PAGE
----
Lower cost VR systems rely upon the use of a mobile device to provide the processing power. These mobile device VR headsets are essentially holders or viewers that work in conjunction with specially designed mobile apps to produce an immersive experience. This experience can vary in quality, depending upon the screen resolution and power of the phone and the control mechanism and lenses of the headset being used. The first mobile VR headset to be distributed widely was the Google Cardboard, a fifteen dollar headset that was so simple that users could assemble it themselves, or even download plans to print their own. As the Cardboard gathered steam (Ten million units have been distributed since it appeared in 2014), it became apparent that there was a need for headsets with more durability, and that there was a market for competition. Here are some of the best examples of mobile VR headsets that are built to last, low in cost, and reliant on a mobile device. 

Samsung Gear VR

The Samsung Gear Mobile VR headset is currently the most widely known of this category of headsets, and is currently the best-selling unit in this category on Amazon.com. It is also currently the most expensive in this category, with a new model priced at $109. The Gear is often bundled as a giveaway with the purchase of Samsung Galaxy devices, making it more affordable if you are in the market for a new phone. The Gear is designed to be paired with Galaxy family of phones, though it can be used with other mobile devices, albeit with limited functionality. Those who are using the Gear with a Galaxy phone can take advantage of one of its most unique features, the controller, which enables you to manipulate or change the content and gaming experience on the device without removing your phone from the holder to tap the screen or the buttons. 

Reviews indicate that this feature of the Gear is one of the reasons that it is currently at the top of its market, along with the fact that it integrates with the Oculus Store. This integration means that users of the Gear must download an Oculus app that enables them to use the content. Unfortunately, though this means that some of the best games and experiences in Virtual Reality are available to users of Gear VR, it seems that many games experience glitches because the mobile phones does not have the requisite processing power to deliver the full, smooth experience.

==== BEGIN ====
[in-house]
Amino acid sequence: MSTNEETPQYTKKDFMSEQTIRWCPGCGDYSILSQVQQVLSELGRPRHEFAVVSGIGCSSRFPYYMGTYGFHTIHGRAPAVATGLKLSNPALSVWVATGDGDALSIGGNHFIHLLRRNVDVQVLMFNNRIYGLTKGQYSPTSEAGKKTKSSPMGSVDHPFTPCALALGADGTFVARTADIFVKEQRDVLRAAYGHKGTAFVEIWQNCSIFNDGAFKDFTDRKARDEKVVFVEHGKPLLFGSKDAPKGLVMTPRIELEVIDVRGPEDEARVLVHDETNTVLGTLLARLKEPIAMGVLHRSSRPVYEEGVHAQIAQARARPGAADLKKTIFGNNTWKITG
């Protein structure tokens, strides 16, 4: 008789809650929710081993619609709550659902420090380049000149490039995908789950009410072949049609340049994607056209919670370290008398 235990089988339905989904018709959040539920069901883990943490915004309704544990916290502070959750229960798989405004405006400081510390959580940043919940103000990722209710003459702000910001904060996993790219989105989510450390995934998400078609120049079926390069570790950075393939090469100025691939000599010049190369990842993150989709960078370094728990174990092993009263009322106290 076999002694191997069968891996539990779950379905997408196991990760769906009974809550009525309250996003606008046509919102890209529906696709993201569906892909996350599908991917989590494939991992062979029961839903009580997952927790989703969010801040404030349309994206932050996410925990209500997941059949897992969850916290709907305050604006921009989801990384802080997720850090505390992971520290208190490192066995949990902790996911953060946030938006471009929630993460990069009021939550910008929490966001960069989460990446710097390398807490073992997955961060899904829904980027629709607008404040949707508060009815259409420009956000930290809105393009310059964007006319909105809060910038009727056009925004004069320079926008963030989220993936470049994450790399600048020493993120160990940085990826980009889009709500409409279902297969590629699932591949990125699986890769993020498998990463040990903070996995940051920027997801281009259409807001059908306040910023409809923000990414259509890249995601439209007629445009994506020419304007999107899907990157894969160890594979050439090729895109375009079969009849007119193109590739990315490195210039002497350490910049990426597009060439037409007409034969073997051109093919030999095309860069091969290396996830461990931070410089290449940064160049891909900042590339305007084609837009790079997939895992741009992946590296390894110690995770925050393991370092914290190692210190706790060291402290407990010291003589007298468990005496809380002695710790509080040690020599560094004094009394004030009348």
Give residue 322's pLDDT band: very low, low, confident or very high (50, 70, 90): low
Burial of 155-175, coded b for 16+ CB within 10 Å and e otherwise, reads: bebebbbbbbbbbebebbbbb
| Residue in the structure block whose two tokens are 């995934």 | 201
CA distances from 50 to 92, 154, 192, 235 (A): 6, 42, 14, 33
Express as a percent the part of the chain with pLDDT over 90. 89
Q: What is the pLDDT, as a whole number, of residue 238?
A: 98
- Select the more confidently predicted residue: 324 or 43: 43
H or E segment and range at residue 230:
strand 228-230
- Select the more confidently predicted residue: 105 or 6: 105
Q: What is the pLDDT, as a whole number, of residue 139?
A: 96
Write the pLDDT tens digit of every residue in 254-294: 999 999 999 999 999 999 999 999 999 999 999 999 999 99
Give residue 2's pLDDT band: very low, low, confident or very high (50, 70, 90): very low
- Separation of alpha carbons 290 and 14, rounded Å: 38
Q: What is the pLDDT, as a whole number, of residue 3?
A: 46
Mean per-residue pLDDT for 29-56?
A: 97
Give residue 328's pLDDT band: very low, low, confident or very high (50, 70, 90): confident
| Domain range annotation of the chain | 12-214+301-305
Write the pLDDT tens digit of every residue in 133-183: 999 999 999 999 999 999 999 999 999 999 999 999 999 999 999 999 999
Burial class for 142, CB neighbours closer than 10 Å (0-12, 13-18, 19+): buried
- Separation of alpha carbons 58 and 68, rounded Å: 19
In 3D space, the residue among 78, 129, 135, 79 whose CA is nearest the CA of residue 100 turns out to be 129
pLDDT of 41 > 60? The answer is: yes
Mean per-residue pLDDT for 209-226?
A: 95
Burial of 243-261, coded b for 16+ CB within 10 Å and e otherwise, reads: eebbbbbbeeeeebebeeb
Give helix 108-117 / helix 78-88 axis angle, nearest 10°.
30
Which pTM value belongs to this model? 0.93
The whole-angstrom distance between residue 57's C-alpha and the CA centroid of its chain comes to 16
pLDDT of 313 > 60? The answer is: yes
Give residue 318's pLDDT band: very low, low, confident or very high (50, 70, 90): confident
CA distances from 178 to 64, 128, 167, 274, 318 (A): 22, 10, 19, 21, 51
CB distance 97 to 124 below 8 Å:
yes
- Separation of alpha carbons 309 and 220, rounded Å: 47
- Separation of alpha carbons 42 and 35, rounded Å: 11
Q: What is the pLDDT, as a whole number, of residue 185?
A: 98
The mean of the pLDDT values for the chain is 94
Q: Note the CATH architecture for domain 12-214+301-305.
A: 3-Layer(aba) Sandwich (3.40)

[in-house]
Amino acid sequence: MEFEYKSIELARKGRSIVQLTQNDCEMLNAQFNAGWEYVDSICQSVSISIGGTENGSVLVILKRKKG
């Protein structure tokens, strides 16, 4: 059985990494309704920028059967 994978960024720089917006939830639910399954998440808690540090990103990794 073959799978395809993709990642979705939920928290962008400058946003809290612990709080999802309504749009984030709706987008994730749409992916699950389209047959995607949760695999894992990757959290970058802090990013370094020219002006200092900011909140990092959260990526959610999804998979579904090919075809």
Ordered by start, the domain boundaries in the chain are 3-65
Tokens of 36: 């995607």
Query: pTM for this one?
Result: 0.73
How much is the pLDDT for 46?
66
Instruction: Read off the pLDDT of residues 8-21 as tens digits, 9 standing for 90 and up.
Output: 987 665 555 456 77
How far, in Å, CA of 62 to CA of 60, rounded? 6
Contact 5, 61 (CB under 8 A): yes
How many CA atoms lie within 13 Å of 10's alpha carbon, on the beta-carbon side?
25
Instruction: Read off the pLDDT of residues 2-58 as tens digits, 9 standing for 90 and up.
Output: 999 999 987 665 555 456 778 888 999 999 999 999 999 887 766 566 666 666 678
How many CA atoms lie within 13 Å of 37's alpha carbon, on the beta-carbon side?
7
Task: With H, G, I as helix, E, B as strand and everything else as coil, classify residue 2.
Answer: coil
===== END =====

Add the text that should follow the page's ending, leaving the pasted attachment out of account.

As mentioned above, the Gear VR headset can be used by anyone with a mobile device, however, the feature set is severely limited, based upon the type of phone being used. iOS capable devices do not have access to the Oculus Store, severely limiting the experience. Also, currently the remote control might best be described as "in development", since fewer than ten apps in the store take full advantage of it! Another mark in the negative column for the Gear is the fact that the Oculus store is mainly centered around gaming. It does not currently market a Youtube app, making it more difficult to watch 360 videos put out on that platform, which are among the best educational content for VR available today.

Google Daydream View

The Daydream is the newest (and possibly most hyped) addition to the slate of mobile-enabled VR headsets. Continuing Google's commitment to offering cutting-edge technology at a lower price point, the Daydream View offers an incredibly immersive VR experience, and a controller that is better thought-out than the Gear's, but is currently "affordably" priced at $79.00. It is consistently noted as the most comfortable VR headset on the market, constructed out of lightweight plastic with a soft fabric covering that can be removed and washed. 

The Daydream View has a lot of promise, but currently, it is designed to only be compatible with the Google Pixel mobile phone and a VERY limited list of models manufactured by competitors (an updated list of Daydream-ready phones can be found here).  Also, at this time the dedicated Daydream app store has very little content in it, though what IS there is fantastic for education, as this seems to be Google's primary targeted market for the device. Google Expeditions, the Google Arts and Culture App, and YouTube all provide wonderfully immersive experiences with a variety of informative material.